They don’t have the word “terrier” in their name. They were first bred in Germany rather than more common terrier homelands of England and Scotland. And, in stark contrast to many terriers, they’re actually known for obedience.
Still, anyone who has ever lived with a Miniature Schnauzer knows that these spunky pups are terriers through-and-through.
With their bushy beards and prominent eyebrows, Miniature Schnauzers often have a humorously gruff appearance – an effect that is reinforced by their tendency to bark and put on a confident air.
In fact, with their families, Minis are very affectionate, playful, and loyal dogs. They also have tons of energy, making them less than a perfect match for someone with a laid back lifestyle.
Mini Schnauzers at a Glance
|Medium-High, depending on styling preferences
|Good With Children?
|Recommended for older children only
|Good With Other Dogs?
|Prey Drive/Tendency to Chase
Like other terriers, Mini Schnauzers have the confidence of a dog many times their size. However, unlike other terriers, they tend to be less confrontational with other dogs, and have an easier time on walks and at dog parks. That said, a lot depends on how much the Mini is socialized with other dogs in the first six months of its life.
Compared to other terrier breeds, Miniature Schnauzers tend to be more attentive toward the people in their family, and less outgoing with strangers. Some Minis form a strong bond with one person, and may become overprotective.
Miniature Schnauzers thrive on attention and positive reinforcement. They’re whip-smart, eager to please, and very trainable. If you’re willing to spend some time with a Mini, you can teach the dog all sorts of cool tricks.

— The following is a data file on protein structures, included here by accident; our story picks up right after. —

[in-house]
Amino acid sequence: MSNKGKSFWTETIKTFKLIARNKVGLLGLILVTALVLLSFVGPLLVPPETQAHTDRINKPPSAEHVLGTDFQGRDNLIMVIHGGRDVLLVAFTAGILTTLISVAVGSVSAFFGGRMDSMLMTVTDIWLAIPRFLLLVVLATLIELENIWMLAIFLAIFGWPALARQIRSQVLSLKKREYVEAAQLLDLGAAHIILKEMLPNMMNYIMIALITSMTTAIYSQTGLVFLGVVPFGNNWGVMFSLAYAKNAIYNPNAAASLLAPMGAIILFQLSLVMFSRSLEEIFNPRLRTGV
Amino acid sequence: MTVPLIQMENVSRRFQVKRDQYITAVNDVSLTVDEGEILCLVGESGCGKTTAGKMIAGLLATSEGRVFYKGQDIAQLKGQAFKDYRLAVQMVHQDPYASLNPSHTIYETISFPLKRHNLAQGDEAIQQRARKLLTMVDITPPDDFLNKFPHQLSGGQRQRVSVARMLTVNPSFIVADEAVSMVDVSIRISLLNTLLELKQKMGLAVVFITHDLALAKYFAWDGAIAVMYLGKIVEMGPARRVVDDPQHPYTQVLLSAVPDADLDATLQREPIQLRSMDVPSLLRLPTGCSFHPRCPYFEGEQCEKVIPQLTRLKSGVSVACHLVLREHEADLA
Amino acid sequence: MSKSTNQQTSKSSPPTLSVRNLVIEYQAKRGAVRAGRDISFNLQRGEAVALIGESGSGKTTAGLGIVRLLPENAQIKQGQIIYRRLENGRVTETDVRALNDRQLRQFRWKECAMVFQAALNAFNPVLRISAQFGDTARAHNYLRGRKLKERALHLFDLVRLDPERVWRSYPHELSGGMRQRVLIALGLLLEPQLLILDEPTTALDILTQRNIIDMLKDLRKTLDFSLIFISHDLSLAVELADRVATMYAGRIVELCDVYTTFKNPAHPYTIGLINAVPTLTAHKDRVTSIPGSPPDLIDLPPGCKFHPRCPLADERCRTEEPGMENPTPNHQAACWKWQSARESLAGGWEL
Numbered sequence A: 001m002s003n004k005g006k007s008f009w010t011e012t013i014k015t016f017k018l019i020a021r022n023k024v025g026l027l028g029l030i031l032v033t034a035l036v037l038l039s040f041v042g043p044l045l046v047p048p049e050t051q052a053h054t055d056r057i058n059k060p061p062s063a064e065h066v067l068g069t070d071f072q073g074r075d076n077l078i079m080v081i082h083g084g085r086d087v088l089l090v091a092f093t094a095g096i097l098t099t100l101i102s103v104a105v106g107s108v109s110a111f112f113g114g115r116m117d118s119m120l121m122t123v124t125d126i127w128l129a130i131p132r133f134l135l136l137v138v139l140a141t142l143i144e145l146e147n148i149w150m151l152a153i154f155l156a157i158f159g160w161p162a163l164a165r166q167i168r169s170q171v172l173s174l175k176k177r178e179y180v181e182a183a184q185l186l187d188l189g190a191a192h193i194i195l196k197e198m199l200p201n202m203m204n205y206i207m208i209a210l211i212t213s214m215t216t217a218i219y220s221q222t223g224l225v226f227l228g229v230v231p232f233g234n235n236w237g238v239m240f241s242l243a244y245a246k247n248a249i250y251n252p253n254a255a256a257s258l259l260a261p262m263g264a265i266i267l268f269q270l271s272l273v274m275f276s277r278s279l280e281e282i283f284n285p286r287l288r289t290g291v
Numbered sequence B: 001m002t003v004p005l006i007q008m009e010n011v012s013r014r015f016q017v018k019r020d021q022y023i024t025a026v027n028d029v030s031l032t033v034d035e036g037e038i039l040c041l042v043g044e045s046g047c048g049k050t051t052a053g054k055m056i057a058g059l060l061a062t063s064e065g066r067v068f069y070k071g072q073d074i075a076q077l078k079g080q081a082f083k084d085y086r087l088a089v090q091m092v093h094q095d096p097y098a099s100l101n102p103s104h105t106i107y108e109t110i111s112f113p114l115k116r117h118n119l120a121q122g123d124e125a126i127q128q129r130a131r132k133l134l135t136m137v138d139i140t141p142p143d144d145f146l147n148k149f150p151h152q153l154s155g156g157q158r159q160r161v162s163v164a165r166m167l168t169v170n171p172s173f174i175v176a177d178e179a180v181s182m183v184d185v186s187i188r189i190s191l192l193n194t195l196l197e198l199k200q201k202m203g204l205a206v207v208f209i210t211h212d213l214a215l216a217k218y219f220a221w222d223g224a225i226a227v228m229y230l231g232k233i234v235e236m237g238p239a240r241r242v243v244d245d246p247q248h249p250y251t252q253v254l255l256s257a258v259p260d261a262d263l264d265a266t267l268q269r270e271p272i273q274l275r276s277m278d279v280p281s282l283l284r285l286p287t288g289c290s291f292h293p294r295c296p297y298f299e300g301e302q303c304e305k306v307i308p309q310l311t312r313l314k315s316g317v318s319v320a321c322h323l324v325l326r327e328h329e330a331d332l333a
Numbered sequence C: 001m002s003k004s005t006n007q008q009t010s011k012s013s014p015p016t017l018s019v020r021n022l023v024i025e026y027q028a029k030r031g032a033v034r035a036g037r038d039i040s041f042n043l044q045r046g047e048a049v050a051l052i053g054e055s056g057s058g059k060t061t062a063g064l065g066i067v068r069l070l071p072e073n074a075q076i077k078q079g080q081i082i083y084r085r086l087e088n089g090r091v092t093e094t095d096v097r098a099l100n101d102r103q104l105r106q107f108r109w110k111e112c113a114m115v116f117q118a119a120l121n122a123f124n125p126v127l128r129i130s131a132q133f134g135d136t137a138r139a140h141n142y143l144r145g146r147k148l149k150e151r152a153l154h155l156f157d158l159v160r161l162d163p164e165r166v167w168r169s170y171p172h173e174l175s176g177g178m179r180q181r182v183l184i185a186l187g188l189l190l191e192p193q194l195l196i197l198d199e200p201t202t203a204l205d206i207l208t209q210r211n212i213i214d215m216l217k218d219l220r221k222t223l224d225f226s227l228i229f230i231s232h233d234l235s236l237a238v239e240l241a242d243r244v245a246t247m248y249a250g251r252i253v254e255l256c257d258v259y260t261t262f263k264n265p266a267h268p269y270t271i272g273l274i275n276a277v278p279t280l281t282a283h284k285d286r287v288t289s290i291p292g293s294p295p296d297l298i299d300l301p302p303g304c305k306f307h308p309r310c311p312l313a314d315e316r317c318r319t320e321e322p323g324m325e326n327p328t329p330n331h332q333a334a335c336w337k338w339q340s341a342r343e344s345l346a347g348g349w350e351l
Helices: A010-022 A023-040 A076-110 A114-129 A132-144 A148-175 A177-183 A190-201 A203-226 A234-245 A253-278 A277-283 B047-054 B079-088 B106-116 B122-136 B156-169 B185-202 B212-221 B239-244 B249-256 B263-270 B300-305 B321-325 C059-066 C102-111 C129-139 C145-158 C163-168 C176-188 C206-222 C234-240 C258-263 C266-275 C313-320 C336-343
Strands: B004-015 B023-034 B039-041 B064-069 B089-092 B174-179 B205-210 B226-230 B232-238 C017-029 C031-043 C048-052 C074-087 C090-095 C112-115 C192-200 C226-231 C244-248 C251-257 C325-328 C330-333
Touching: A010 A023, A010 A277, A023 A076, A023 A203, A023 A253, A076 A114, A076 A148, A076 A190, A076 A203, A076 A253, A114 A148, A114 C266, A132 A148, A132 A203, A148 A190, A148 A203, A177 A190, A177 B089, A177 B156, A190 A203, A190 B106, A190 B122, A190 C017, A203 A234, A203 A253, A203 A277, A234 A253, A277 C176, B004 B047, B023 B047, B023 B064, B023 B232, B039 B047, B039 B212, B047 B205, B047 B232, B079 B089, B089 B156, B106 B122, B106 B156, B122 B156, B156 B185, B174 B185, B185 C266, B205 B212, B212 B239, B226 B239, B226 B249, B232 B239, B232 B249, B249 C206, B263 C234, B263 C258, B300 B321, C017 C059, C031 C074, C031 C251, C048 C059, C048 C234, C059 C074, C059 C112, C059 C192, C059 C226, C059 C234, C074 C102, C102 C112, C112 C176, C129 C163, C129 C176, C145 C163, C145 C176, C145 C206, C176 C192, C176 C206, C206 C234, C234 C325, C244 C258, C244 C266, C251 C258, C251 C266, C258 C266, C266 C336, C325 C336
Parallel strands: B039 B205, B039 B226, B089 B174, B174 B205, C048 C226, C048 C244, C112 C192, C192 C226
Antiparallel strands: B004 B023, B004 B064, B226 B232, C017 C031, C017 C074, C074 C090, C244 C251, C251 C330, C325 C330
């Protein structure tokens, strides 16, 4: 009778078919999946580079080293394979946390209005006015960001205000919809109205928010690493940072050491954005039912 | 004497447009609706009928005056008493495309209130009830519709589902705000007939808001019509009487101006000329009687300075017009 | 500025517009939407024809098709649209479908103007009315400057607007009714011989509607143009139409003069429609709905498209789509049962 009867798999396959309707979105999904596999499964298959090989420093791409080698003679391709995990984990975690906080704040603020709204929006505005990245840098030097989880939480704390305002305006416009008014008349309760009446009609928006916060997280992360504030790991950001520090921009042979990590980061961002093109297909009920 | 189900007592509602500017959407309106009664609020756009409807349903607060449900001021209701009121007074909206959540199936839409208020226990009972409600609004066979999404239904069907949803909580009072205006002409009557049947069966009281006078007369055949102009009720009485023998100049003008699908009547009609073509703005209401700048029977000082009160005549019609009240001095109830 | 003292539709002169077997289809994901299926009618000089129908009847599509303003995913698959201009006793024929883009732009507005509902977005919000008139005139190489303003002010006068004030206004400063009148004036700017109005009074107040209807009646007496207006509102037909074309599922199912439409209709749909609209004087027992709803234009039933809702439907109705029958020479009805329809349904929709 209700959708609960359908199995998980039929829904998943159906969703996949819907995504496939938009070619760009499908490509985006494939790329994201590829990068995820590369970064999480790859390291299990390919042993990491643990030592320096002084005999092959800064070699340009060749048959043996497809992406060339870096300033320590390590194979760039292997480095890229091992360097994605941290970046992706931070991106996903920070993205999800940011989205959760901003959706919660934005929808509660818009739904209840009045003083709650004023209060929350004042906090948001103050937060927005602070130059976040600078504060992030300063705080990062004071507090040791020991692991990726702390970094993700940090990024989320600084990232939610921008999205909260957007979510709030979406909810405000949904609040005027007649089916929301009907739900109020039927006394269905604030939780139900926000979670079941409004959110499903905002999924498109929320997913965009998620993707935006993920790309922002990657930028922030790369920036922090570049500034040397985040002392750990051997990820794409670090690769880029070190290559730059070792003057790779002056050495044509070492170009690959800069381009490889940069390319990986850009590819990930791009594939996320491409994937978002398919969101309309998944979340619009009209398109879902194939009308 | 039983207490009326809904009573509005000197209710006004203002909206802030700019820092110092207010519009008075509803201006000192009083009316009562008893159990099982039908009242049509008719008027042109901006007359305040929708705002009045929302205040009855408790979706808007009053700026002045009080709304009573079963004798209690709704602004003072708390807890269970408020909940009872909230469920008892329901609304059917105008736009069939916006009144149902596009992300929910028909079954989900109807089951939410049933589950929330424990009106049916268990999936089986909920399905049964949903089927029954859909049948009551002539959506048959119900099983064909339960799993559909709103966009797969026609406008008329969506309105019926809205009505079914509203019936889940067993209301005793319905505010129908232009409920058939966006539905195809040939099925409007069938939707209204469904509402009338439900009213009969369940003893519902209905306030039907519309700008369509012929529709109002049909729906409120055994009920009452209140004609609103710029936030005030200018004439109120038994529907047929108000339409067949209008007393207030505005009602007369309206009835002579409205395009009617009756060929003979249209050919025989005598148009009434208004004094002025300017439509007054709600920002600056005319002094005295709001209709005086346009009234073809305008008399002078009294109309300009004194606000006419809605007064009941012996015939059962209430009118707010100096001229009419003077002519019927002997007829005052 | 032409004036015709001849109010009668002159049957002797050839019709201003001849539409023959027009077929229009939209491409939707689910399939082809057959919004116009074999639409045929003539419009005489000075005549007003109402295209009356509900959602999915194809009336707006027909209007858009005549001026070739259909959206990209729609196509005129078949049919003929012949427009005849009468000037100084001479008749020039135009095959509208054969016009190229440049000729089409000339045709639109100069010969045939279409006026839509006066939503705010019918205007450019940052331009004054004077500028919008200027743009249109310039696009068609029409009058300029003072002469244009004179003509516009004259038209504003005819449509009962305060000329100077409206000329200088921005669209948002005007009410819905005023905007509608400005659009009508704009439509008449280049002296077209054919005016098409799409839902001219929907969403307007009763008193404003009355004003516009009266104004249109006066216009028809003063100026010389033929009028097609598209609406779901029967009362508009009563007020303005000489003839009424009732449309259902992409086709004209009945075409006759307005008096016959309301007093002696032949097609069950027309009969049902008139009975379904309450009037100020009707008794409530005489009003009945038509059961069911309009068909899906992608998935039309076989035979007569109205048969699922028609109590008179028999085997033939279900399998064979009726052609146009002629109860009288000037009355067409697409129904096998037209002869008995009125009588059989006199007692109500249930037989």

Health Problems & Life Expectancy
The life span of a Mini is usually somewhere around 12-15 years. However, with luck and proper care, they can easily live beyond the upper end of that range.
The Mini is vigorous and naturally athletic, without a lot of health problems endemic to other breeds. One serious (though thankfully rare) problem the breed is susceptible to is Canine Juvenile Renal Disease.
Injuries are always a possibility with this breed as well. They’re more graceful than the short, tank-like terriers, but also less sturdy. They can hurt themselves, or get hurt by taking on a bigger dog.
Variations & Mixes
Miniature Schnauzers come in four different looks: black, white, salt-and-pepper, and black-and-silver.
With the purebred dog being so popular, it’s no surprise that there are also many half- and part-Schnauzers out there. Many of these dogs are deliberately bred as hybrids to combine desirable aspects of different breeds (just as the Mini was originally bred from the Standard Schnauzer and other, smaller breeds).
Here are some of the most common Mini Schnauzer mixes, with their corresponding designer breed names.
|Breed Mixed With Mini Schnauzer
|Resulting Designer Dog Breed
|American Eskimo Dog
|Miniature French Schnauzer
|Miniature Irish Wolf Schnauzer
|Soft Coated Wheaten Terrier
|Soft Coated Wheatzer
|West Highland White Terrier
White Miniature Schnauzers
There’s some controversy over whether a white Miniature Schnauzer is a true Mini, or the result of genes being introduced from outside the breed. Some people have also argued that white Minis are actually albinos. However, both of these claims seem to be false, and in any case matter little to the many people who own these dogs as pets.
If a Miniature Schnauzer isn’t miniature enough for you, you could look into getting a Teacup Schnauzer. Rather than being a separate dog breed, the Teacup Schnauzer is merely a Miniature Schnauzer that has been bred to be extra-small.